Monday, October 18, 2010

Accountable Care Organizations as Private Practice Killers

Writing in the New York Post today, Scott Gottlieb, MD, a physician and American Enterprise Institute resident fellow, says Accountable Care Organizations may kill private practice. Doctor Gottlieb is a partner in a firm that invests in health-care companies.

Gottlieb's reasoning is that the new reform law encourages doctors to leave their private offices to become salaried hospital employees. This makes it easier for government to regulate and manage doctors. The idea is to encourage doctors and hospitals to share financial savings to better coordinate care and reduce their use of costly medical services by giving them a lump sum to manage a group of patients.

In many ways, the ACO concept builds on the 1990s approach to "capitation," which the public and doctors roundly rejected, and in which health-maintenance organizations gave doctors a lump sum to care for a defined group of patients.

This “vertical integration” will force doctors to become employees of hospitals and health plans. These changes are underway. According to a recent survey of health executives, 74 percent said their hospitals or health systems plan to employ more physicians over the next 3 years, and 61 percent plan to acquire medical groups.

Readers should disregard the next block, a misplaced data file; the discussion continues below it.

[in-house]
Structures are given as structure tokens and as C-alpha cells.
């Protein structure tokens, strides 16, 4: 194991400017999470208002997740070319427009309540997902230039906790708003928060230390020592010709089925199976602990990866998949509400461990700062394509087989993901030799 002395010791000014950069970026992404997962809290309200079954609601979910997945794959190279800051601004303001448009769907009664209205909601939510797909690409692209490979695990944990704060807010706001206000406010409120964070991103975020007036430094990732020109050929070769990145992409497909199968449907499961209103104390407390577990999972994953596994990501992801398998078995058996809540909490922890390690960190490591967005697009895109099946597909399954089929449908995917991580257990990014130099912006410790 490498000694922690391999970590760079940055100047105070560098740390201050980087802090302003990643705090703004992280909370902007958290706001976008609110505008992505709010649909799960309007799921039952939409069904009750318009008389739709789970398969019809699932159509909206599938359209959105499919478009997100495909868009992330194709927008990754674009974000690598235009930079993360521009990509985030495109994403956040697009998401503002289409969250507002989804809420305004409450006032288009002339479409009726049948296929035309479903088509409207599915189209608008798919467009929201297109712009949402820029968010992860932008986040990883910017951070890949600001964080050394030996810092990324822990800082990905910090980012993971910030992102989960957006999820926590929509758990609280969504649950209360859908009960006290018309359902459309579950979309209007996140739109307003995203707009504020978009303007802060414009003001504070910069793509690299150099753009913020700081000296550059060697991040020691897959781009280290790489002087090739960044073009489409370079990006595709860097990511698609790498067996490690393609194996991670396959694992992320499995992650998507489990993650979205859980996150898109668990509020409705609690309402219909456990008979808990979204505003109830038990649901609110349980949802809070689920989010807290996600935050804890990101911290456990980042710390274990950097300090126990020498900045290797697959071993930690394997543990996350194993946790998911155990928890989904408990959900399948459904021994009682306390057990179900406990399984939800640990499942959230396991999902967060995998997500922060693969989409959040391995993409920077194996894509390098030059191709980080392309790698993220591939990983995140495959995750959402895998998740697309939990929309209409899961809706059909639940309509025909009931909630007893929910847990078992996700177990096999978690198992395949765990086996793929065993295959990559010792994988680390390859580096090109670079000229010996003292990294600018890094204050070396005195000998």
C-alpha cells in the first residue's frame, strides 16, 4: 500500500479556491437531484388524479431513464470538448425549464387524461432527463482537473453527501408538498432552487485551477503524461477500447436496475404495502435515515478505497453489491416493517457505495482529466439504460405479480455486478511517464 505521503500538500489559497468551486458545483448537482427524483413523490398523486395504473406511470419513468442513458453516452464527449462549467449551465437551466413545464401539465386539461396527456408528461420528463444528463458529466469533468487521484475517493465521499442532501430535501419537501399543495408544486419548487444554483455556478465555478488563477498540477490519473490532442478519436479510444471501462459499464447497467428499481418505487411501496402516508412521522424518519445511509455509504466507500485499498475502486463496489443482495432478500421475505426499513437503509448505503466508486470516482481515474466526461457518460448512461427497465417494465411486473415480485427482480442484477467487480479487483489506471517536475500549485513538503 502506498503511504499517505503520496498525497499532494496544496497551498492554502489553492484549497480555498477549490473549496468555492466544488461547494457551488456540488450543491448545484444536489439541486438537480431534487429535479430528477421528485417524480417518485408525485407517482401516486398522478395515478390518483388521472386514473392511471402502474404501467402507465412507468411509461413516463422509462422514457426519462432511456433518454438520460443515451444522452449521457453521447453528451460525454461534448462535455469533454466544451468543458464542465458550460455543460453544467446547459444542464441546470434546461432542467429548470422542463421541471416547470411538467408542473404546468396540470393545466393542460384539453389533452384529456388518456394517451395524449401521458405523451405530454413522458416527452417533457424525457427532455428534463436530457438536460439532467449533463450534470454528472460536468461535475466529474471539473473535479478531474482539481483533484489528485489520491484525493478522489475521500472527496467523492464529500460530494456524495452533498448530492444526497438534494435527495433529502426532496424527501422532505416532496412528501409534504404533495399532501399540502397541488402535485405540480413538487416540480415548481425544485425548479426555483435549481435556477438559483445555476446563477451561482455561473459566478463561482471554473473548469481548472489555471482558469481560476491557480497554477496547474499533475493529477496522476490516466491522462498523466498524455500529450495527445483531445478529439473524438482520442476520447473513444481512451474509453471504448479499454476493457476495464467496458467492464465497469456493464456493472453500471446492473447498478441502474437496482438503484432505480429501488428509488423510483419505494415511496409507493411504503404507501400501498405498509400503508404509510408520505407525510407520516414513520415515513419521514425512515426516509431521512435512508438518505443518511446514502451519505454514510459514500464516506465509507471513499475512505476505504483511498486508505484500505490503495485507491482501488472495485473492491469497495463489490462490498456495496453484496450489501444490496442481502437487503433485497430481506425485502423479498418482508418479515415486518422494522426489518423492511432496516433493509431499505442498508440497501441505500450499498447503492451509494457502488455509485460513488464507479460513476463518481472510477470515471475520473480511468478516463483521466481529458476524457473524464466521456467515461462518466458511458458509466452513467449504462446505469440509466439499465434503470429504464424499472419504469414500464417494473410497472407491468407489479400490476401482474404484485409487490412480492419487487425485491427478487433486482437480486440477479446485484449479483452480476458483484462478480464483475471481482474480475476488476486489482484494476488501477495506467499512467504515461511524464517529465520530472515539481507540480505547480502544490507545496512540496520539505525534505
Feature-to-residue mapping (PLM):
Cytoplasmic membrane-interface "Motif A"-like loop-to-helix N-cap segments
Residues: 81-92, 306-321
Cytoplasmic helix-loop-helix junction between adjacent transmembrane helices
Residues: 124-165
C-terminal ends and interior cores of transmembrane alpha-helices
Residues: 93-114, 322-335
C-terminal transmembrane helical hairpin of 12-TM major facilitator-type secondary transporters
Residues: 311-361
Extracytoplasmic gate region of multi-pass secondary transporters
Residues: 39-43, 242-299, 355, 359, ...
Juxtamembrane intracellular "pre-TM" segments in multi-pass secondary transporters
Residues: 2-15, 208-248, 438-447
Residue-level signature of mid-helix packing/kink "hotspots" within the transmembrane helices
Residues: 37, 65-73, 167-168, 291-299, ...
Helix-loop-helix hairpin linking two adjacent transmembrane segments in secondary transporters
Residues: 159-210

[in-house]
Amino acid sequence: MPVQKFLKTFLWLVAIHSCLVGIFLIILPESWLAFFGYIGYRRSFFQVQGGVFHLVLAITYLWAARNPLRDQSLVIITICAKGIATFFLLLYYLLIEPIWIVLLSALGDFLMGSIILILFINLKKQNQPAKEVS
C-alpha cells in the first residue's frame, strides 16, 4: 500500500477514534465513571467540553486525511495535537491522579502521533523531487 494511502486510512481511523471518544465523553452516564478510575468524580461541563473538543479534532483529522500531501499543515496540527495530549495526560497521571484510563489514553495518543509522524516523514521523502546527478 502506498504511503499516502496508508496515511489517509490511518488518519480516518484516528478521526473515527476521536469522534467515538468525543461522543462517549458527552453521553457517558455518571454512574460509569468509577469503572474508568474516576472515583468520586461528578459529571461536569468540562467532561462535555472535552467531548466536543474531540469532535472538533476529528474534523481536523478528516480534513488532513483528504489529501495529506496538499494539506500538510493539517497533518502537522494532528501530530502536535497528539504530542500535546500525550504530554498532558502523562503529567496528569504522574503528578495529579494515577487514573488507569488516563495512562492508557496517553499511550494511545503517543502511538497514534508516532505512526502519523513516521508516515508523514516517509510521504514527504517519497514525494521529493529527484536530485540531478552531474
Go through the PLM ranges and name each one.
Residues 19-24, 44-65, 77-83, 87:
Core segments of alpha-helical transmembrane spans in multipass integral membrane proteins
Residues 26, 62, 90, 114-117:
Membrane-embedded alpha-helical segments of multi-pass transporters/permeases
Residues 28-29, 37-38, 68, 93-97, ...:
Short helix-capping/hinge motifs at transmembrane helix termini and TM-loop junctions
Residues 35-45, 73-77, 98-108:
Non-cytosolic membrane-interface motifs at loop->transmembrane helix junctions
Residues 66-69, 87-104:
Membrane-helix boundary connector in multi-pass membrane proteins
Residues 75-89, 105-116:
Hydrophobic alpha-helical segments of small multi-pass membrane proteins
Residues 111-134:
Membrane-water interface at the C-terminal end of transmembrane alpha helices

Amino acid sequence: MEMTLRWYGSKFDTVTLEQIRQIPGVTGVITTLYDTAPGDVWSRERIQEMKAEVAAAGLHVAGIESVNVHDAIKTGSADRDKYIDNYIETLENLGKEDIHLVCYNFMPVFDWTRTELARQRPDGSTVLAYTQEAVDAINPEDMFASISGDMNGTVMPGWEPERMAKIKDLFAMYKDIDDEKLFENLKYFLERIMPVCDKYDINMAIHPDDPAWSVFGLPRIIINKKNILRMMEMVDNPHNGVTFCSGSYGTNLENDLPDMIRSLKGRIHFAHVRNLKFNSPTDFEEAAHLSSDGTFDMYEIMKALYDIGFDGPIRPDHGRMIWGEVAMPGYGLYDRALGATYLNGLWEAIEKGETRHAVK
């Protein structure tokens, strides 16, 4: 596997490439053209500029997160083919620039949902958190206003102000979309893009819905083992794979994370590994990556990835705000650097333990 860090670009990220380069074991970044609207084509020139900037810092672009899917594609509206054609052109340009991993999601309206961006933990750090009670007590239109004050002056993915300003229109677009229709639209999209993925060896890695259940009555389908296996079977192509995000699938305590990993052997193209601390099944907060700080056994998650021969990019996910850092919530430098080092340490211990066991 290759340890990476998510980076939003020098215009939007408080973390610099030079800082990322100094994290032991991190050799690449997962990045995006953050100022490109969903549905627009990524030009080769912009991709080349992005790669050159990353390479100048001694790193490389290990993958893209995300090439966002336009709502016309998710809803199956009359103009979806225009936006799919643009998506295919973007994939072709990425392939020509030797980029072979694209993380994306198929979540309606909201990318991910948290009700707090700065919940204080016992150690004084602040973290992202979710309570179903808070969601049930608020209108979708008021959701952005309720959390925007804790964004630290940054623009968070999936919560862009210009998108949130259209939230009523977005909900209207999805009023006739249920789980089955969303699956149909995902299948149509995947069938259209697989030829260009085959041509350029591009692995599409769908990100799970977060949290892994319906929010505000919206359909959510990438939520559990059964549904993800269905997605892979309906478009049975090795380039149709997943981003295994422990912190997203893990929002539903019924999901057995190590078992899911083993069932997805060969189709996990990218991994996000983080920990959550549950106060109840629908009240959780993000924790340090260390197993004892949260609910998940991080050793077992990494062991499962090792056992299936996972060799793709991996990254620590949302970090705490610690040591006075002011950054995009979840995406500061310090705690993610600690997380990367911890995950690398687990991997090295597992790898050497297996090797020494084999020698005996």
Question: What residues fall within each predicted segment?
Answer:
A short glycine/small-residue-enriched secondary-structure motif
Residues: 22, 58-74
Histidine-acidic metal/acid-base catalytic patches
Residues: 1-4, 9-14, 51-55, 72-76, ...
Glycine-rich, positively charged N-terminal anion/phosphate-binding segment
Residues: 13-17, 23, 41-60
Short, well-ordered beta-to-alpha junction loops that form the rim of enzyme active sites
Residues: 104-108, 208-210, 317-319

The doctor-recruitment firm Merritt Hawkins said that 45 percent of physician job searches last year were for direct employment of a doctor by a hospital, up from 23 percent in 2005.

In 2005, two-thirds of medical practices were doctor-owned. By next year, the share of practices owned by physicians will drop below 40 percent, according to data from the Medical Group Management Association. Hospitals or health plans will own the balance of doctor practices.

One can argue whether hospital or health plan employment of doctors is a good or bad thing.

I am dubious because it stripes doctors of the ability to make “independent decisions,” based on what is good for the patient versus what is good for the hospital.

Secondly, ACOs are really capitation re-visited, a return to rigid managed care, a concept the American public roundly rejected in the 1990s.

Also it is well known that hospital fees are much higher than those charged by independent doctors in outpatient settings and in their offices. I do not think ACOs will lower costs.

Furthermore, accountable care organizations, by definition, will be large organizations, and can negotiate higher fees because of their market leverage.

Finally, accountable care organizations are bureaucratic centralized entities, while most market trends and disruptive innovations favor decentralization.


Fay said...

Pretty effective data, thank you for this post.

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